New study provides framework for establishing value-based pricing for new cancer drugs

At a time when cancer drug prices are rising rapidly, an innovative new study provides the framework for establishing value-based pricing for all new oncology drugs entering the marketplace. Using a highly sophisticated economic model, researchers from Winship Cancer Institute of Emory University and Georgia Institute of Technology used an example of a new lung cancer drug. [More]
Adaptive immune system plays active role in guiding development of mammary glands

Adaptive immune system plays active role in guiding development of mammary glands

In experiments with mouse tissue, UC San Francisco researchers have discovered that the adaptive immune system, generally associated with fighting bacterial and viral infections, plays an active role in guiding the normal development of mammary glands, the only organs--in female humans as well as mice--that develop predominately after birth, beginning at puberty. [More]
New review article reveals Y chromosome’s role in cardiovascular and immune function, cancer

New review article reveals Y chromosome’s role in cardiovascular and immune function, cancer

The role of sex in human disease is a growing area of research. Although estrogen (in females) and androgens (in males) are often seen as possible causes for such differences, sex chromosomes, including the male-specific Y chromosome, may also play a role. However, it has been difficult to understand how the Y chromosome could contribute to disease in men, in part because it is much more difficult to sequence than all other chromosomes. [More]
Researchers uncover important cellular functions that help regulate inflammation

Researchers uncover important cellular functions that help regulate inflammation

Researchers at the Virginia Bioinformatics Institute at Virginia Tech have uncovered key cellular functions that help regulate inflammation -- a discovery that could have important implications for the treatment of allergies, heart disease, and certain forms of cancer. [More]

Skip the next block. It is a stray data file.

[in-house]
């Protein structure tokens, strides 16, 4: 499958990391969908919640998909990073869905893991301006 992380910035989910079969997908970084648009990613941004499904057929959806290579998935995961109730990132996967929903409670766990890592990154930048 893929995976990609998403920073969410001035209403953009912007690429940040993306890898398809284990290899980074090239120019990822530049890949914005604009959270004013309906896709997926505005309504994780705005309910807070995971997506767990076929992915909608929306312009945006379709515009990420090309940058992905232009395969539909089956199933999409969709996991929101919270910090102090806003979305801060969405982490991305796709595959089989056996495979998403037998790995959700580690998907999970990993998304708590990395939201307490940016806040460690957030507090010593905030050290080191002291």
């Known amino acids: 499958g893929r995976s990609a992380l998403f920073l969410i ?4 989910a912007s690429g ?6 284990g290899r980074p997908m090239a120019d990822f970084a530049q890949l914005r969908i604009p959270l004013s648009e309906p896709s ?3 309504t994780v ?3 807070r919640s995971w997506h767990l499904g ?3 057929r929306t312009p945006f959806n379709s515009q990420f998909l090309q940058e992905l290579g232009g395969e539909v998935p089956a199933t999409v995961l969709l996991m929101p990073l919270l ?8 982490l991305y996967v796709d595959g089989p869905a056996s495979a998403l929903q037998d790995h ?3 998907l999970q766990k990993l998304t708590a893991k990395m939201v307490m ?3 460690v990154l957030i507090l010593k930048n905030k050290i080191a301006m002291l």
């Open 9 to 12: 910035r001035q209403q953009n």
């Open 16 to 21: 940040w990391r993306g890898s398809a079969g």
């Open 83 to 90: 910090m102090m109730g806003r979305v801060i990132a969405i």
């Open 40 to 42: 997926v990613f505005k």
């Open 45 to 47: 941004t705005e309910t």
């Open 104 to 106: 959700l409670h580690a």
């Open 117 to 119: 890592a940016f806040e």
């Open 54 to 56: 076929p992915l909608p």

History of oral contraceptive use influences survival in ovarian cancer patients

History of oral contraceptive use influences survival in ovarian cancer patients

A history of oral contraceptive use and having at least one child increased longevity by nearly three years in patients diagnosed with ovarian cancer, according to a Roswell Park Cancer Institute study recently published online ahead of print in the International Journal of Gynecological Cancer. [More]
SLU study finds that length of stay in ED makes no real difference in mortality of trauma patient

SLU study finds that length of stay in ED makes no real difference in mortality of trauma patient

The amount of time a trauma patient stays in the emergency department (ED) makes no real difference in the patient's mortality, researchers at Saint Louis University found in a recent study. [More]
Scientists generate pluripotent stem cells with more stable genomes

Scientists generate pluripotent stem cells with more stable genomes

Damaged tissue, such as pancreas, heart, and neuronal tissue, which is regenerated to treat cardiovascular diseases, diabetes, or neurodegenerative diseases. This is one of the ambitious scenarios to which regenerative medicine aspires and that is being announced as one of the great promises of twenty-first century biomedicine for the treatment of a long list of diseases affecting people today. [More]